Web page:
By: Jimmy Gu, Ph.D., Semiconductor Process & Integration Engineer, Coventor
Universities and other institutions of higher learning play a key role in developing our next generation of semiconductor technologies. Along with the theory of semiconductor technology, our next generation of scientists and engineers must learn about the practical methods used to design and manufacture the latest generation of semiconductor products. read more…
By: Dalong Zhao – Semiconductor Process & Integration Engineering
Yield and cost have always been critical factors for both manufacturers and designers of semiconductor products. Meeting yield and product cost targets is a continuous challenge, due to new device structures and increasingly complex process innovations introduced to achieve improved product performance at each new technology node. Design for manufacturability (DFM) and design process technology co-optimization (DTCO) are widely used techniques that can ensure the successful delivery of both new processes and products in semiconductor manufacturing. In this article, we will discuss how 3D (3 dimensional) DTCO can be used to improve product yield and accelerate product delivery dates in semiconductor manufacturing. read more…
Tagged Coventor, Design Rule Checks, Design Technology Co-Optimization, DRC, DTCO, hotspot, lithography, multi-patterning, Process Development, Process Modeling, Process Simulation, semiconductor process modeling, semiconductor process variation, SEMulator3D
Senior C++ Physics Modeling Engineer – Waltham, MA
Coventor, Inc. is seeking a software engineer with significant C++ experience and familiarity with physical simulation. As a key member of our modeling engine team, you will extend and improve our software, working to implement new physics-based 3D modeling algorithms for semiconductor fabrication processes. You will join a collaborative, highly skilled software development team working on our innovative software tools and solutions for the semiconductor and MEMS manufacturing industries. Our software uses unique, highly efficient numerical modeling and simulation techniques to perform virtual fabrication of state-of-the-art semiconductor and MEMS devices. This is a hands-on software development position, requiring proficiency in C++. Your title, level of responsibility, creative freedom and salary will be commensurate with your education and experience.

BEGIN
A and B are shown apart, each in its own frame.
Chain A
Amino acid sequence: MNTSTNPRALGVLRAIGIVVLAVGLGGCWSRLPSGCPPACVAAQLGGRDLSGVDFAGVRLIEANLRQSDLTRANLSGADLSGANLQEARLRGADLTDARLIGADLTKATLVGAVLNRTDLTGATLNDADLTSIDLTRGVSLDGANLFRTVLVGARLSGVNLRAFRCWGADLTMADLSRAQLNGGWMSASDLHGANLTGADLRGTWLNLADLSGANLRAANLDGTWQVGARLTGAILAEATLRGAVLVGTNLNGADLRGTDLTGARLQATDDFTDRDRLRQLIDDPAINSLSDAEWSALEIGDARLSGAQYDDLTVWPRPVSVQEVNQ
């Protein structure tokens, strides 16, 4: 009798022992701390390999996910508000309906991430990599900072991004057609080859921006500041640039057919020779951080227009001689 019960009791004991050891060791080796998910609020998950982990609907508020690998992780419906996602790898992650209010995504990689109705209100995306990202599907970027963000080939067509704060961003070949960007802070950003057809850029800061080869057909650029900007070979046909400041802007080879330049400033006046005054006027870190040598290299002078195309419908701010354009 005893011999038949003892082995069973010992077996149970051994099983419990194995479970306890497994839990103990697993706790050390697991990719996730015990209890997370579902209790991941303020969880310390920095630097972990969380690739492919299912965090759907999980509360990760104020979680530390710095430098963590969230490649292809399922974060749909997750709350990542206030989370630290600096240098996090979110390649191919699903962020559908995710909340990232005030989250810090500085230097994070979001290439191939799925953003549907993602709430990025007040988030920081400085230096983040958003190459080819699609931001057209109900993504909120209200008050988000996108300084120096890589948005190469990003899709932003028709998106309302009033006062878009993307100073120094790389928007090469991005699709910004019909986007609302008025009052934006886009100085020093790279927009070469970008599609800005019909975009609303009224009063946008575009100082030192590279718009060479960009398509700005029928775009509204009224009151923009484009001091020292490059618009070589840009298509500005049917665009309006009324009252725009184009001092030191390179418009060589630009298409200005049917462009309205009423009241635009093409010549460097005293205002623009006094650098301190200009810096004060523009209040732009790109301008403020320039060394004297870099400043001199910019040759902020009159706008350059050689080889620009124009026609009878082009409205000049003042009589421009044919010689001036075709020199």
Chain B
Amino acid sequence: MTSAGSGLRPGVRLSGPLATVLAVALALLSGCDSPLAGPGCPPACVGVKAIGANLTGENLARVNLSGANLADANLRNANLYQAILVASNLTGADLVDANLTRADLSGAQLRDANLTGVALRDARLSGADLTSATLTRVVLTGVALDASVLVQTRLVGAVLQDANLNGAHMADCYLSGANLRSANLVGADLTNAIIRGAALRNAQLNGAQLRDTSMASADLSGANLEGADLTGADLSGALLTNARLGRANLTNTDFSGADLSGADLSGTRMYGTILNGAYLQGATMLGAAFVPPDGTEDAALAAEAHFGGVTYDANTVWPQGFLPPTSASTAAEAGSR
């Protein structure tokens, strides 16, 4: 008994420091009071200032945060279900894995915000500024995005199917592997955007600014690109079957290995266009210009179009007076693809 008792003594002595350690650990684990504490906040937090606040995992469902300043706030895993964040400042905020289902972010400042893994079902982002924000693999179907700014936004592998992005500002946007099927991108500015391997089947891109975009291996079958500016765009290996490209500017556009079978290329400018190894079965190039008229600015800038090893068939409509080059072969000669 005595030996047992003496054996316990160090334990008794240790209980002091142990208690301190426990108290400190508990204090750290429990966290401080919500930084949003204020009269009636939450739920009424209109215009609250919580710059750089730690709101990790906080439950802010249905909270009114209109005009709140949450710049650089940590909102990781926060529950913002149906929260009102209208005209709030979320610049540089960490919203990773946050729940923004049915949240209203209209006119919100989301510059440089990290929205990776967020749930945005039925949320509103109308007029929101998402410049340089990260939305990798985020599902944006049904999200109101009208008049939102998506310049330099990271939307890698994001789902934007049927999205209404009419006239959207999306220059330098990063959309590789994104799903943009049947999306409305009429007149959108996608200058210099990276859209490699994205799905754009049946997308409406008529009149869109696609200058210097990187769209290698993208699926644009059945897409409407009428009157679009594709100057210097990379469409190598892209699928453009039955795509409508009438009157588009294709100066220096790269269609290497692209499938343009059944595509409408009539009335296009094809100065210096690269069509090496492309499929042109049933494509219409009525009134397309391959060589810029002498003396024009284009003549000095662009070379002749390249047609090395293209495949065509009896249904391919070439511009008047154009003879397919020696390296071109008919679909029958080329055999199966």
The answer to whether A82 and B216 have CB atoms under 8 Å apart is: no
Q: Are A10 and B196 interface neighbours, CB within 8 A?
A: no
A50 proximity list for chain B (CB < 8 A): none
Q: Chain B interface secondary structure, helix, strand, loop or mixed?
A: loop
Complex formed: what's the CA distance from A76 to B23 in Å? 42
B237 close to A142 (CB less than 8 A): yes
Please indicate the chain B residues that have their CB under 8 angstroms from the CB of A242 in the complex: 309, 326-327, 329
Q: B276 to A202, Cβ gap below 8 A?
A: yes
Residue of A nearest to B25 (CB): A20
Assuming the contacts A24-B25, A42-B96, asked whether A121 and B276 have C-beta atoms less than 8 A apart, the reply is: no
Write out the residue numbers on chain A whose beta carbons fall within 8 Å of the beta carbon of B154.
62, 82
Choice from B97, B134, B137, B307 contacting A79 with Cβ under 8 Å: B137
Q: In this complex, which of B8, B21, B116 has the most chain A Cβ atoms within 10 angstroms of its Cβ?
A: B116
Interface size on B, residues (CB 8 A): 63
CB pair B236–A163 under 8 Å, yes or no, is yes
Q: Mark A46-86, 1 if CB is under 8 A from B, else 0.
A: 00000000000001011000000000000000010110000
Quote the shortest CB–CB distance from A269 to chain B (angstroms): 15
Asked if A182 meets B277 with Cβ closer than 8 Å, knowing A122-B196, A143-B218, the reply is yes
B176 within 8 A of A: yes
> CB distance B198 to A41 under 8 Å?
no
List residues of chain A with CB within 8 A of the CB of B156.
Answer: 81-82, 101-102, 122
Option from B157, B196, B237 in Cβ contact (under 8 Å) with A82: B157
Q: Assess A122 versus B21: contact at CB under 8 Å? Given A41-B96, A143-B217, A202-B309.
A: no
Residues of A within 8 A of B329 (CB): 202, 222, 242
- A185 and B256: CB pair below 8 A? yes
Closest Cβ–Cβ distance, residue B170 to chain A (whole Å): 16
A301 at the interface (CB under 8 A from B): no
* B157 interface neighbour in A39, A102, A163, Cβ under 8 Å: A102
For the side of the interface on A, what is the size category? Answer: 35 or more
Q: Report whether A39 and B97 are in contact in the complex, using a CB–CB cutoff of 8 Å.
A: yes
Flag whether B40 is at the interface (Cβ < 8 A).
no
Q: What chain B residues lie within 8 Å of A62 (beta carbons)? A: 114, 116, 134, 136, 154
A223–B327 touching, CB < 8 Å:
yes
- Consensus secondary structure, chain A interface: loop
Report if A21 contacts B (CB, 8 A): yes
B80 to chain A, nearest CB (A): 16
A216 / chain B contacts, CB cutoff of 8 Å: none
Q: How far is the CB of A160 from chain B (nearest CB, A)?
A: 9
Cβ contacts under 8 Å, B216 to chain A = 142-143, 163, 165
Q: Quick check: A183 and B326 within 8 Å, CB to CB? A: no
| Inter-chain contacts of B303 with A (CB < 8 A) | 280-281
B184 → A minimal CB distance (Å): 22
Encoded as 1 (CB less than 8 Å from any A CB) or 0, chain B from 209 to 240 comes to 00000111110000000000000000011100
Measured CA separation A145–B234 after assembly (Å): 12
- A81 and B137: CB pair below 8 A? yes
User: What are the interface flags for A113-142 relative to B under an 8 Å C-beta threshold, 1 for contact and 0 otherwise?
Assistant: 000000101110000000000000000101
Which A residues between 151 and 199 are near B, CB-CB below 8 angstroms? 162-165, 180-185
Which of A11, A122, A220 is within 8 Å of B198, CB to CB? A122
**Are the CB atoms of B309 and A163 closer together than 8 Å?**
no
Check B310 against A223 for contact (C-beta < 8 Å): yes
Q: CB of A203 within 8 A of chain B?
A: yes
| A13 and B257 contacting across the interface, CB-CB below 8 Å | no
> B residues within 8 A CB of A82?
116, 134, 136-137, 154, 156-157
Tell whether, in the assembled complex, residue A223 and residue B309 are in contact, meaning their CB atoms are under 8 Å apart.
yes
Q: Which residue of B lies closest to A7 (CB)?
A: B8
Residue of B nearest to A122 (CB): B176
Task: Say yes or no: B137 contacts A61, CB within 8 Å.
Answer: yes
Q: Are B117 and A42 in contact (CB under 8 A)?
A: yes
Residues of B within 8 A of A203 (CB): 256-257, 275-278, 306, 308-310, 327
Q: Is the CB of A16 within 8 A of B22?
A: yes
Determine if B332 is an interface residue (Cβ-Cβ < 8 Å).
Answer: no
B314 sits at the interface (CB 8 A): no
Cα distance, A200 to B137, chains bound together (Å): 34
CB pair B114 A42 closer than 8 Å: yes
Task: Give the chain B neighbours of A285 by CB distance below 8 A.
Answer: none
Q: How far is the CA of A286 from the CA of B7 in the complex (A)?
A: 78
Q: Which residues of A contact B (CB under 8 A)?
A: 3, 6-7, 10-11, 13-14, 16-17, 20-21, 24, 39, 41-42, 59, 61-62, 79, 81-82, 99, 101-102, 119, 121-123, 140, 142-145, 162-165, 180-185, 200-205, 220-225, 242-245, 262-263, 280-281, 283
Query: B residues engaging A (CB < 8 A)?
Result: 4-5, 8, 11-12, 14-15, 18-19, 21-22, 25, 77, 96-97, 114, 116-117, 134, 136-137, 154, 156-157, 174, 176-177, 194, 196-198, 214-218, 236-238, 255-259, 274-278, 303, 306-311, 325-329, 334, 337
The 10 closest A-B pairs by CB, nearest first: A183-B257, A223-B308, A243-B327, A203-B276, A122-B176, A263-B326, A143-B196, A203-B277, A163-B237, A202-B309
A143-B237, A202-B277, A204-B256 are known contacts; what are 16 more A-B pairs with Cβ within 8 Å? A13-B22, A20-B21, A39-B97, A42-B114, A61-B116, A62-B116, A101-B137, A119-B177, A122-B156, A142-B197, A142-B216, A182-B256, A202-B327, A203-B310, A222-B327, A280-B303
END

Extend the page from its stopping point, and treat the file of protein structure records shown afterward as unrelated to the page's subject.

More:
- Research, prototype and characterize new modeling algorithms for semiconductor fabrication processes, particularly through perusal of relevant technical literature
- Collaborate to implement new 3D modeling algorithms in our C++ modeling engine
- Extend and maintain our generic, C++ template-based modeling framework
- Optimize modeling algorithms for speed, including profiling and parallel implementation
- Participate in general software engineering tasks, including verification, testing, bug fixing and maintenance of existing code
Required Qualifications (all of the following):
- MS in Engineering, Physics, Computer Science or a related field. PhD degree is a strong plus
- Direct experience in implementation of numerical physics simulation algorithms (PDE solutions through FVM, FEM, FDM, etc.)
- Minimum of 4 years work experience in commercial software development
- Expert level C++ skills, including implementation of template classes
- Strong math skills, including a thorough knowledge of linear algebra and calculus
- Demonstrated ability to design and implement clean, well-organized production code
- Desire to collaborate, contribute to, and learn from a team
Desirable Qualifications (any of the following):
- General knowledge of semiconductor processing technology
- Experience with cross-platform development, on Windows and Linux
- Experience with one or more of: Boost, STL, C++11 or later, Python
This regular, full-time position is located in Waltham, MA. Coventor offers comprehensive benefits and is an EEO/AA Employer. You must be a current legal resident of the U.S. or have a valid U.S. visa to apply for this position. Please e-mail your resume to email@example.com.